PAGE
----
As an American Jew, I have always had a deep connection to Israel – through Hebrew school and summer camp, through songs and stories, through prayers and holiday celebrations. Our first family trip to Israel was in 1982, just after the onset of the war with Lebanon. We took my 81 year old grandfather to visit his brothers one last time. They all escaped Nazi Germany just in time, with my grandfather coming to the US and two of his brothers going to Israel under the British Mandate.
A few years later, I was fortunate to spend a gap year in Israel between high school and college. I lived half the time in Jerusalem and the other half on kibbutz. That December, the first Intifada broke out. I vividly remember a trip to Neve Shalom / Wahat Al-Salam, a village made up of Jews and Arabs setting an example by raising their children together. (See the book about it below.) Mixed in were trips to Yad Vashem Holocaust Museum, Masada, and visits with so many cousins.
The conflicts between Israelis and Palestinians have been going on long before you or I were born. It had always been my hope that my daughter and her generation would be able to experience a true peace between Israel and its neighbors. With the horrific events of the past few weeks, it feels like we are further away from peace than ever. Amid the latest Israeli Palestinian conflict, I wanted to share books filled with hope for young readers showing pathways toward peace.
Children’s Books for Hope & Understanding Amid the Israeli Palestinian Conflict
Yaffa and Fatima: Shalom, Salaam written by Fawzia Gilani-Williams, illustrated by Chiara Fedele
A beautiful retelling of the folktale “Two Brothers,” taking place between two friends and neighbors, one Jewish and one Muslim. An important story of friendship that celebrates both our differences and what we have in common.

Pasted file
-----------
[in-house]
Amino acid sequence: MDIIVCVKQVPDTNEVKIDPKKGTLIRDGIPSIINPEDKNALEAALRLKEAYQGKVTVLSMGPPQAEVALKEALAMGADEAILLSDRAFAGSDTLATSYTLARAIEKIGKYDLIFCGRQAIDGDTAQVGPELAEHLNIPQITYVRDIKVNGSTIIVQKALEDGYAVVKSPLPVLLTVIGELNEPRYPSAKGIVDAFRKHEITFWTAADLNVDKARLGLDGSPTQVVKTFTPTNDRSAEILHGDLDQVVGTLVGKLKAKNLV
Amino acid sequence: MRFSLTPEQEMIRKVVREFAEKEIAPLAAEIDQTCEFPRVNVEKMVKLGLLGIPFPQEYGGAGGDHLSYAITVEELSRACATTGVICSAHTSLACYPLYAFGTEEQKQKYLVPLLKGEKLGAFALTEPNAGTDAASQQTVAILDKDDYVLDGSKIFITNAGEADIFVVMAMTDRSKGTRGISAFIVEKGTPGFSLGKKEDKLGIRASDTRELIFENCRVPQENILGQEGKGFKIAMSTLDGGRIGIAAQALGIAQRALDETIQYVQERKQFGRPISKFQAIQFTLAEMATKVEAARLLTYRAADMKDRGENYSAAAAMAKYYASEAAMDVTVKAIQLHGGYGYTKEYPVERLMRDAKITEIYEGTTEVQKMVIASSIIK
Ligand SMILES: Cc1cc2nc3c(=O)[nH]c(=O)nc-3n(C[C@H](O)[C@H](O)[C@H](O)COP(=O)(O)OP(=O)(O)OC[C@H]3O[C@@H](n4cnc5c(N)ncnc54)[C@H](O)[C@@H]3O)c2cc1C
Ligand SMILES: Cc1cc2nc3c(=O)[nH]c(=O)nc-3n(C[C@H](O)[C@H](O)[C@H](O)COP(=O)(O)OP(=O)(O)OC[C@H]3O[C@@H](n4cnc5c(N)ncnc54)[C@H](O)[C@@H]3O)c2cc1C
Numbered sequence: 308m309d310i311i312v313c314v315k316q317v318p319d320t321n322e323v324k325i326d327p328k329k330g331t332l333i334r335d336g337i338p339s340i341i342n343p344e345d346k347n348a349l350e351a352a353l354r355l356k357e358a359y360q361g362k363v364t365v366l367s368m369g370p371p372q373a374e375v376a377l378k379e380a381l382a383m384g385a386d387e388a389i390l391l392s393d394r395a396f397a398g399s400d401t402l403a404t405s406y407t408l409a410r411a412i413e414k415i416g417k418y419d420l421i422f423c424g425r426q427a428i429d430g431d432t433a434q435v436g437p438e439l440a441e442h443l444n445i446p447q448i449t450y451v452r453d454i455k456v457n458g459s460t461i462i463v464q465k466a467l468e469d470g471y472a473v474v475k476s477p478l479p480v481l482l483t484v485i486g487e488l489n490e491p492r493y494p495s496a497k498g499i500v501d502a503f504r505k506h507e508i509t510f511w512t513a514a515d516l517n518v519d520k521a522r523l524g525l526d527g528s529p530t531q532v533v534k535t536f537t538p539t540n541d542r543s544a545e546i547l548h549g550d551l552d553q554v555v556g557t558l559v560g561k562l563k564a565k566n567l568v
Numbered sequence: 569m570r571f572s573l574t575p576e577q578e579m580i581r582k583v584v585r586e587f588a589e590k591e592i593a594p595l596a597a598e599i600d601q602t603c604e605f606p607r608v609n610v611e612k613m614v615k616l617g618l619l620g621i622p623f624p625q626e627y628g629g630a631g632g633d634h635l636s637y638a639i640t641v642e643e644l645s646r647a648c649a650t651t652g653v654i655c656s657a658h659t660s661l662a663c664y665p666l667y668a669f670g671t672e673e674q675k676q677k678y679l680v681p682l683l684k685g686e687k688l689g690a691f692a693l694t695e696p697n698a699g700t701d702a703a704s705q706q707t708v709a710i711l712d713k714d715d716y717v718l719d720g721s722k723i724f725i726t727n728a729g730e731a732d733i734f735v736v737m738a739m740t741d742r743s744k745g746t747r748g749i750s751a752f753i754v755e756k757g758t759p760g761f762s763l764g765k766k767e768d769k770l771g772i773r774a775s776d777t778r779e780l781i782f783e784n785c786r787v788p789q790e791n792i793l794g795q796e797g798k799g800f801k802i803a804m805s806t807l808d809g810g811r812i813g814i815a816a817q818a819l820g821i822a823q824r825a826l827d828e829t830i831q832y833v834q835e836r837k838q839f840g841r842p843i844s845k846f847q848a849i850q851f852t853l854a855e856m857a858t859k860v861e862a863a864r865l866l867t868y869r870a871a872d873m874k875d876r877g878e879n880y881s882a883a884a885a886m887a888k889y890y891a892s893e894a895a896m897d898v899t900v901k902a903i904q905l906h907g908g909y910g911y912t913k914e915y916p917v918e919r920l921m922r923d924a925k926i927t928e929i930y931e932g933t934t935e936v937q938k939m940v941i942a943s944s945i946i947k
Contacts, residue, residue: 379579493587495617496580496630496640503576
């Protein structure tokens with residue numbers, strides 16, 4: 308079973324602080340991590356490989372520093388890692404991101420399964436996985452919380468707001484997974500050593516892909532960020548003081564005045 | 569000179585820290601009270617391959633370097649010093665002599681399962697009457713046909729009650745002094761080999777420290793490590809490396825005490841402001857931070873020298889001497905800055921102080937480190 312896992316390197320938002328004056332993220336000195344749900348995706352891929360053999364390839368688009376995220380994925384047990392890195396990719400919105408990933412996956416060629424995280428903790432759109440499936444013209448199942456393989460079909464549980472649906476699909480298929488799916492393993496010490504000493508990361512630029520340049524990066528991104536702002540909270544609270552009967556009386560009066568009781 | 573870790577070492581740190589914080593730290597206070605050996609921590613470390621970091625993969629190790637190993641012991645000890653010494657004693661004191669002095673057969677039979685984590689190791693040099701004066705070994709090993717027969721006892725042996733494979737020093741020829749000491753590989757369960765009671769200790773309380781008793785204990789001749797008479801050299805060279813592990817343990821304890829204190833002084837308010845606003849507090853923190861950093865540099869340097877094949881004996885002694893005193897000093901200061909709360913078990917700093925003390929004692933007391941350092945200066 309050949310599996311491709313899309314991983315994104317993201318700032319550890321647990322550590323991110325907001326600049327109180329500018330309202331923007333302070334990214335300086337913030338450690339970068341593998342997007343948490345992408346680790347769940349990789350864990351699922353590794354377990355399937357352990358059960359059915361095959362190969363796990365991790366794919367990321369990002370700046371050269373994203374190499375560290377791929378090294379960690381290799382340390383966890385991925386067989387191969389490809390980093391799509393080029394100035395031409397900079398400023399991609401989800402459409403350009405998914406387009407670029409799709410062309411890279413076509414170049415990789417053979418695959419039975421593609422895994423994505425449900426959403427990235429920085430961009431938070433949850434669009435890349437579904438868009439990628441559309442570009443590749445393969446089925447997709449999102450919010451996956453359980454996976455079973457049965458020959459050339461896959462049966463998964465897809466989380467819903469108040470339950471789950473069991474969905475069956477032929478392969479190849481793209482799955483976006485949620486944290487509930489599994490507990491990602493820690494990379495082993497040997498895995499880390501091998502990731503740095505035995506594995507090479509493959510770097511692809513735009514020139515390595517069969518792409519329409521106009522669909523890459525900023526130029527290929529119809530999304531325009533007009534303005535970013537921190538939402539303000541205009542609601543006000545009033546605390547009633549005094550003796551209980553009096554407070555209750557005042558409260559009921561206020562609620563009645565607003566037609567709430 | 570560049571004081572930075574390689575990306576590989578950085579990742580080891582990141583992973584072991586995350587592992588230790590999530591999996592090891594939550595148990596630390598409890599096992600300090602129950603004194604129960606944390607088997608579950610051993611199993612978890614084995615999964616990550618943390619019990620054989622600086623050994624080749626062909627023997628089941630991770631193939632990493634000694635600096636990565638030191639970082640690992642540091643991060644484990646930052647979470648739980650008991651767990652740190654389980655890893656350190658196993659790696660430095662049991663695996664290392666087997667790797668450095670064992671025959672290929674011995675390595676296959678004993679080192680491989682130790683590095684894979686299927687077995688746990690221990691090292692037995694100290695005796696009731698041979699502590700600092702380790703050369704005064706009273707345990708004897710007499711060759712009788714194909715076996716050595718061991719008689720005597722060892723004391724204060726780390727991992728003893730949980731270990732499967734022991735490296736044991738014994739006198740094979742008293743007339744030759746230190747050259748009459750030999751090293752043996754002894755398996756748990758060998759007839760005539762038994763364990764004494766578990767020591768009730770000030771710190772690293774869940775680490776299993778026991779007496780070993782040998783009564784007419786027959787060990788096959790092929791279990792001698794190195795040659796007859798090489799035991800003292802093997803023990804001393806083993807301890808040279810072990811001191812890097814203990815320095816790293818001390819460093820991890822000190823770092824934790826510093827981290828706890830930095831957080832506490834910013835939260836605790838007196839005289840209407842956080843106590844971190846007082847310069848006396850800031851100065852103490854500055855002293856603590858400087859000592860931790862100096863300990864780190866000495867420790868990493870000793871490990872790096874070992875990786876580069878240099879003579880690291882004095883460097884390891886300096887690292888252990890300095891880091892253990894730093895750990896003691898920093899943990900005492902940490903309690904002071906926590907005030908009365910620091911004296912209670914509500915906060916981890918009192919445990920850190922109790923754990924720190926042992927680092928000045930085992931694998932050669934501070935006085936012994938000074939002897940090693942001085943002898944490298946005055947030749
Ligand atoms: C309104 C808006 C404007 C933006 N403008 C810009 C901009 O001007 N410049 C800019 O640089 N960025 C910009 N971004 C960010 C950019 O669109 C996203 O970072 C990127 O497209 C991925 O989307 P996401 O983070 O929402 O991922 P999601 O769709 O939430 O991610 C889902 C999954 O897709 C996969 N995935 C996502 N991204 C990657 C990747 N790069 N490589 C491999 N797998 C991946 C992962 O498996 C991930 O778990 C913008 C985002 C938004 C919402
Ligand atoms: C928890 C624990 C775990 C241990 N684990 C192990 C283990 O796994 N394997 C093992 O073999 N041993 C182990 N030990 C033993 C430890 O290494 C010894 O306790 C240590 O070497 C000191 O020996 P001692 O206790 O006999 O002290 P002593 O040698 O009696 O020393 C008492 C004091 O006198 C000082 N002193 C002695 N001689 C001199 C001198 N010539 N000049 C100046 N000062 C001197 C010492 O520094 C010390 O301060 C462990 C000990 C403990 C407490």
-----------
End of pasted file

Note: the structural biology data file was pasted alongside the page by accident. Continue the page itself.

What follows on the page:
Snow in Jerusalem written by Deborah da Costa, illustrated by Cornelius Van Wright and Ying-Hwa Hu
When Avi, who is Jewish, and Hamudi, who is Arab, discover that they are caring for the same stray cat and her new kittens, they fight over her. She runs away from their arguing. As snow begins to fall (a rare occurrence in Jerusalem) they worry for her safety. The boys work together to find her and also come up with a plan to share her and the kittens.
A Moon for Moe and Mo written by Jane Breskin Zalben, illustrated by Mehrdokht Amini
A story of two boys, both named Mo(e), who find they have more in common than they expected. Moses is Jewish, and Mohammed is Muslim. They are both getting ready to celebrate the holiest days of the year (Rosh Hashanah and Ramadan). While this story takes place in New York and not Israel, it is still a timely and important read.
Wishing Upon the Same Stars written by Jacquetta Nammar Feldman
Written in an accessible way, this book is full of hope about the relationship between Palestinians and Israelis. Yasmeen’s father is Palestinian from Jerusalem and her mother is from Lebanon. Based on the author’s own family, they are not Muslim but Maronite Christians. When they leave their large Arab-American community in Detroit to move to San Antonio, Yasmeen feels like she will never fit in. Her mother hears Arabic spoken by their neighbors across the street, but hurries home when she finds out their last name is Cohen, and they are Jewish Israelis. Against all odds, Yasmeen and Ayelet Cohen begin a friendship that grows to include their entire families.